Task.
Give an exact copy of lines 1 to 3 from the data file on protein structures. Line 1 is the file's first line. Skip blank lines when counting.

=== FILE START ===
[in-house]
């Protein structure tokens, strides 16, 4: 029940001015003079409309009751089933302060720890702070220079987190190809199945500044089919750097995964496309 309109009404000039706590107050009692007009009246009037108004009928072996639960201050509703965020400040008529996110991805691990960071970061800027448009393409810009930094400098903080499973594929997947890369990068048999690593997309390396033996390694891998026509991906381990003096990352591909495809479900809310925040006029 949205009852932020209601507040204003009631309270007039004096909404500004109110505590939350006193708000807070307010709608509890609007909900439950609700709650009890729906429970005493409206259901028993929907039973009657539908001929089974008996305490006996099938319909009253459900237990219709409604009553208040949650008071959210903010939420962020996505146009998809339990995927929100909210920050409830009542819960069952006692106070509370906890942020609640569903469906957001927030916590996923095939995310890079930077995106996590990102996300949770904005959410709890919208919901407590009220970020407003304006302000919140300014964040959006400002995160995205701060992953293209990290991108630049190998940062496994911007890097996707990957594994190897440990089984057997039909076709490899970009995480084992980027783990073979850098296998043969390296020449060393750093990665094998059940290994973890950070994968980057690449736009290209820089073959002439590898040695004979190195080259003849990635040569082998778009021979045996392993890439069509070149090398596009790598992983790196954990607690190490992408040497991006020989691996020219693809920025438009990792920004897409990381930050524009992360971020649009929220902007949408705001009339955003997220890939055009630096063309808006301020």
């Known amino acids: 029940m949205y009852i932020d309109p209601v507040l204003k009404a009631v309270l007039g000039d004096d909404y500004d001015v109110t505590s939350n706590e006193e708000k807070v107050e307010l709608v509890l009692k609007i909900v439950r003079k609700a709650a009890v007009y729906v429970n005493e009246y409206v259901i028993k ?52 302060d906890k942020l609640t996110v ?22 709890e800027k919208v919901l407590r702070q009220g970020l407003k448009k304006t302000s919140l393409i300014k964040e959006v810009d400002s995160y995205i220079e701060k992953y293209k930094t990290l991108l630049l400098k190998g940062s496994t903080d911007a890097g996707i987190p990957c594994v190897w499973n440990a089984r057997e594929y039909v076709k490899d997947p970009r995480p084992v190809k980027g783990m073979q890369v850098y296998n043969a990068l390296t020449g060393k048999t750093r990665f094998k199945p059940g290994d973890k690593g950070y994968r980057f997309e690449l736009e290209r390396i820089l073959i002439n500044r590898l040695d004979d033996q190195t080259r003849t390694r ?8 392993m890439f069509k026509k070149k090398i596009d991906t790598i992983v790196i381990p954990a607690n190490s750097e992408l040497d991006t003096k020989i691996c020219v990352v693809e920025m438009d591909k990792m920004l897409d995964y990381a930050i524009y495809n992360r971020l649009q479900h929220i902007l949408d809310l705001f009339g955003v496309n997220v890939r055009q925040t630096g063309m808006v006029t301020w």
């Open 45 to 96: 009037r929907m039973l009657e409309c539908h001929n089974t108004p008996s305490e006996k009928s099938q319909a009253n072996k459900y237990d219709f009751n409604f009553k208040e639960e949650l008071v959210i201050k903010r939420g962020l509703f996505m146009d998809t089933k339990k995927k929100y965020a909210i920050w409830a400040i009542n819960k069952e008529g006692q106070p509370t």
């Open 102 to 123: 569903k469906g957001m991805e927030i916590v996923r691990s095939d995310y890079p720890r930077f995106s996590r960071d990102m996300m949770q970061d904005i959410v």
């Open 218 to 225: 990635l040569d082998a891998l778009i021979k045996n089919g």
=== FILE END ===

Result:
[in-house]
């Protein structure tokens, strides 16, 4: 029940001015003079409309009751089933302060720890702070220079987190190809199945500044089919750097995964496309 309109009404000039706590107050009692007009009246009037108004009928072996639960201050509703965020400040008529996110991805691990960071970061800027448009393409810009930094400098903080499973594929997947890369990068048999690593997309390396033996390694891998026509991906381990003096990352591909495809479900809310925040006029 949205009852932020209601507040204003009631309270007039004096909404500004109110505590939350006193708000807070307010709608509890609007909900439950609700709650009890729906429970005493409206259901028993929907039973009657539908001929089974008996305490006996099938319909009253459900237990219709409604009553208040949650008071959210903010939420962020996505146009998809339990995927929100909210920050409830009542819960069952006692106070509370906890942020609640569903469906957001927030916590996923095939995310890079930077995106996590990102996300949770904005959410709890919208919901407590009220970020407003304006302000919140300014964040959006400002995160995205701060992953293209990290991108630049190998940062496994911007890097996707990957594994190897440990089984057997039909076709490899970009995480084992980027783990073979850098296998043969390296020449060393750093990665094998059940290994973890950070994968980057690449736009290209820089073959002439590898040695004979190195080259003849990635040569082998778009021979045996392993890439069509070149090398596009790598992983790196954990607690190490992408040497991006020989691996020219693809920025438009990792920004897409990381930050524009992360971020649009929220902007949408705001009339955003997220890939055009630096063309808006301020």
């Known amino acids: 029940m949205y009852i932020d309109p209601v507040l204003k009404a009631v309270l007039g000039d004096d909404y500004d001015v109110t505590s939350n706590e006193e708000k807070v107050e307010l709608v509890l009692k609007i909900v439950r003079k609700a709650a009890v007009y729906v429970n005493e009246y409206v259901i028993k ?52 302060d906890k942020l609640t996110v ?22 709890e800027k919208v919901l407590r702070q009220g970020l407003k448009k304006t302000s919140l393409i300014k964040e959006v810009d400002s995160y995205i220079e701060k992953y293209k930094t990290l991108l630049l400098k190998g940062s496994t903080d911007a890097g996707i987190p990957c594994v190897w499973n440990a089984r057997e594929y039909v076709k490899d997947p970009r995480p084992v190809k980027g783990m073979q890369v850098y296998n043969a990068l390296t020449g060393k048999t750093r990665f094998k199945p059940g290994d973890k690593g950070y994968r980057f997309e690449l736009e290209r390396i820089l073959i002439n500044r590898l040695d004979d033996q190195t080259r003849t390694r ?8 392993m890439f069509k026509k070149k090398i596009d991906t790598i992983v790196i381990p954990a607690n190490s750097e992408l040497d991006t003096k020989i691996c020219v990352v693809e920025m438009d591909k990792m920004l897409d995964y990381a930050i524009y495809n992360r971020l649009q479900h929220i902007l949408d809310l705001f009339g955003v496309n997220v890939r055009q925040t630096g063309m808006v006029t301020w």